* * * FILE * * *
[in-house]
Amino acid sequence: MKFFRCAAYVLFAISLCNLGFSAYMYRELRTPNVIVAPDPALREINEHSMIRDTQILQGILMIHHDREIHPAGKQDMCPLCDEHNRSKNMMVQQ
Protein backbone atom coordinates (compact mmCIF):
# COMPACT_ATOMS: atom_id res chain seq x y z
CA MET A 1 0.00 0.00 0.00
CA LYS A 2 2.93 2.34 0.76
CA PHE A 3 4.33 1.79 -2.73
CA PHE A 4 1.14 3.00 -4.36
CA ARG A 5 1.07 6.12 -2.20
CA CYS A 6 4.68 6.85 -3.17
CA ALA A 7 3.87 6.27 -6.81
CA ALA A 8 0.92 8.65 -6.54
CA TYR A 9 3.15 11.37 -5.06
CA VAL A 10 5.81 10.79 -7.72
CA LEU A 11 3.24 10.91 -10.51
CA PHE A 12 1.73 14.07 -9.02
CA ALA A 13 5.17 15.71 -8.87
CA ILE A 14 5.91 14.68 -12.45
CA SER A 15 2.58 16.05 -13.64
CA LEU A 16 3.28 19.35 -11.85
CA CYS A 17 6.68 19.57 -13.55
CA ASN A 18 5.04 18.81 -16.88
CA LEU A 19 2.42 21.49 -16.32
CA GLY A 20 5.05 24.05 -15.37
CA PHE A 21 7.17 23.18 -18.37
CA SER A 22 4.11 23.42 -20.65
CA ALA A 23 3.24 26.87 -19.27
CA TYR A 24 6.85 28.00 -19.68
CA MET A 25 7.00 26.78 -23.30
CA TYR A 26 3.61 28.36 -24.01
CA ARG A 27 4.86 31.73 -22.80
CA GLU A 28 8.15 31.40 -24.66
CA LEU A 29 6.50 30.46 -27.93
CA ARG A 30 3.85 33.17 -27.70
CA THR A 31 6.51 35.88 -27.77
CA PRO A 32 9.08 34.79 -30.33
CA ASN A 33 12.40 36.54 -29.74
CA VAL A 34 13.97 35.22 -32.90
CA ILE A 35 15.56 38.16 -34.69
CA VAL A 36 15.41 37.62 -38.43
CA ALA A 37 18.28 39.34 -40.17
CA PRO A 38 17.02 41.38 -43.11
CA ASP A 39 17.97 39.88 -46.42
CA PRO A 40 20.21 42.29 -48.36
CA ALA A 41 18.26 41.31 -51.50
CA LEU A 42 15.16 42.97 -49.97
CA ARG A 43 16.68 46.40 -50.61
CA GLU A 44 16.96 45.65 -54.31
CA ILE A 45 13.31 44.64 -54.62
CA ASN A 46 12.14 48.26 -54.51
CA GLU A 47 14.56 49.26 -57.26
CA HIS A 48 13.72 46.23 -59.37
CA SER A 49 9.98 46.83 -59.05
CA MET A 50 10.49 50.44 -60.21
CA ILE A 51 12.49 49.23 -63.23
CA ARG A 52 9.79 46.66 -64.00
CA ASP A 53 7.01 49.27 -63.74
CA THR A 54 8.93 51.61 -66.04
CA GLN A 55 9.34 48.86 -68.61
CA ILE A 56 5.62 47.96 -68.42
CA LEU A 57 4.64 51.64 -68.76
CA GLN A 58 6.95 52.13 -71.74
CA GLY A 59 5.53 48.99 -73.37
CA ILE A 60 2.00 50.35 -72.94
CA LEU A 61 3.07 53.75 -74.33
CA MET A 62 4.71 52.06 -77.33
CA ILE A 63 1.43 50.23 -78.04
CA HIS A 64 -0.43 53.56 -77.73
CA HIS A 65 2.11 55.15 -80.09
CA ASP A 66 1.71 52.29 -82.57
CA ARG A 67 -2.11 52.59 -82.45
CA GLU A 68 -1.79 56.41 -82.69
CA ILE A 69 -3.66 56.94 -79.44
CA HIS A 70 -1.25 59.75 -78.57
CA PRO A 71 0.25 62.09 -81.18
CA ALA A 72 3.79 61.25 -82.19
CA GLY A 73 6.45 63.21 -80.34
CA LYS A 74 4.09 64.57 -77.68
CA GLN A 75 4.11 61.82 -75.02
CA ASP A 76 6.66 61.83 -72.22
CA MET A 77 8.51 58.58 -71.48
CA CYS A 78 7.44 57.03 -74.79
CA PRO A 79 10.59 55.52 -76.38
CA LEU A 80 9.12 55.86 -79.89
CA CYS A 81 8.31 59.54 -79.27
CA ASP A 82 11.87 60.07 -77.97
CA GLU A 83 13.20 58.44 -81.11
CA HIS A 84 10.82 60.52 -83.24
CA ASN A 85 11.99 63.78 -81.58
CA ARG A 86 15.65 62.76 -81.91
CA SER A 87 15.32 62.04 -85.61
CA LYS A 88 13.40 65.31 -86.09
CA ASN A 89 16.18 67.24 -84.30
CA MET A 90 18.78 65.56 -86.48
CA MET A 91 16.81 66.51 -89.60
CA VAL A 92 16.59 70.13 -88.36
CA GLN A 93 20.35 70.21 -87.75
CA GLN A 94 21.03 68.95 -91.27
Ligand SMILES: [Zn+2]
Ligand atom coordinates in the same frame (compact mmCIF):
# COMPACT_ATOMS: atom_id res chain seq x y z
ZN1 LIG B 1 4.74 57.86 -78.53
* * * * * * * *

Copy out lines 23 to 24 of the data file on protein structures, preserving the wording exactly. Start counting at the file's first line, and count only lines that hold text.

CA LEU A 19 2.42 21.49 -16.32
CA GLY A 20 5.05 24.05 -15.37